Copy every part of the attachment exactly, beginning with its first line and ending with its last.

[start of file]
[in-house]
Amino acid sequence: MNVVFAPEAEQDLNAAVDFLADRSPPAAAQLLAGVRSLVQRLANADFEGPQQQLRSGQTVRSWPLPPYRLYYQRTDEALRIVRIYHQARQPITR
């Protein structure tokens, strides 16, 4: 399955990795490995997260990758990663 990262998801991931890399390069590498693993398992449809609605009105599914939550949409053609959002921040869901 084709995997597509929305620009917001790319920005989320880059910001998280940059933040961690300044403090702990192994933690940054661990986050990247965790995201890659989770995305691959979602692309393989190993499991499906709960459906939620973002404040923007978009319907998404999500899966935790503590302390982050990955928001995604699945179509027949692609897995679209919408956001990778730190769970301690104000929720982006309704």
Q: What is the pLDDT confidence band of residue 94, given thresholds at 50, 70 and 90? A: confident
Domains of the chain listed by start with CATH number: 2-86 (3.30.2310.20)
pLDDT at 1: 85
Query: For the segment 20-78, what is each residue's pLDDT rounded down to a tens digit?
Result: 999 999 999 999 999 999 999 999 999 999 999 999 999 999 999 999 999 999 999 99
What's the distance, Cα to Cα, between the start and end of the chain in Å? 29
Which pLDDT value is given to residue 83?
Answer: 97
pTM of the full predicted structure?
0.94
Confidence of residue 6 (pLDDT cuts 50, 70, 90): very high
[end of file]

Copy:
[in-house]
Amino acid sequence: MNVVFAPEAEQDLNAAVDFLADRSPPAAAQLLAGVRSLVQRLANADFEGPQQQLRSGQTVRSWPLPPYRLYYQRTDEALRIVRIYHQARQPITR
């Protein structure tokens, strides 16, 4: 399955990795490995997260990758990663 990262998801991931890399390069590498693993398992449809609605009105599914939550949409053609959002921040869901 084709995997597509929305620009917001790319920005989320880059910001998280940059933040961690300044403090702990192994933690940054661990986050990247965790995201890659989770995305691959979602692309393989190993499991499906709960459906939620973002404040923007978009319907998404999500899966935790503590302390982050990955928001995604699945179509027949692609897995679209919408956001990778730190769970301690104000929720982006309704």
Q: What is the pLDDT confidence band of residue 94, given thresholds at 50, 70 and 90? A: confident
Domains of the chain listed by start with CATH number: 2-86 (3.30.2310.20)
pLDDT at 1: 85
Query: For the segment 20-78, what is each residue's pLDDT rounded down to a tens digit?
Result: 999 999 999 999 999 999 999 999 999 999 999 999 999 999 999 999 999 999 999 99
What's the distance, Cα to Cα, between the start and end of the chain in Å? 29
Which pLDDT value is given to residue 83?
Answer: 97
pTM of the full predicted structure?
0.94
Confidence of residue 6 (pLDDT cuts 50, 70, 90): very high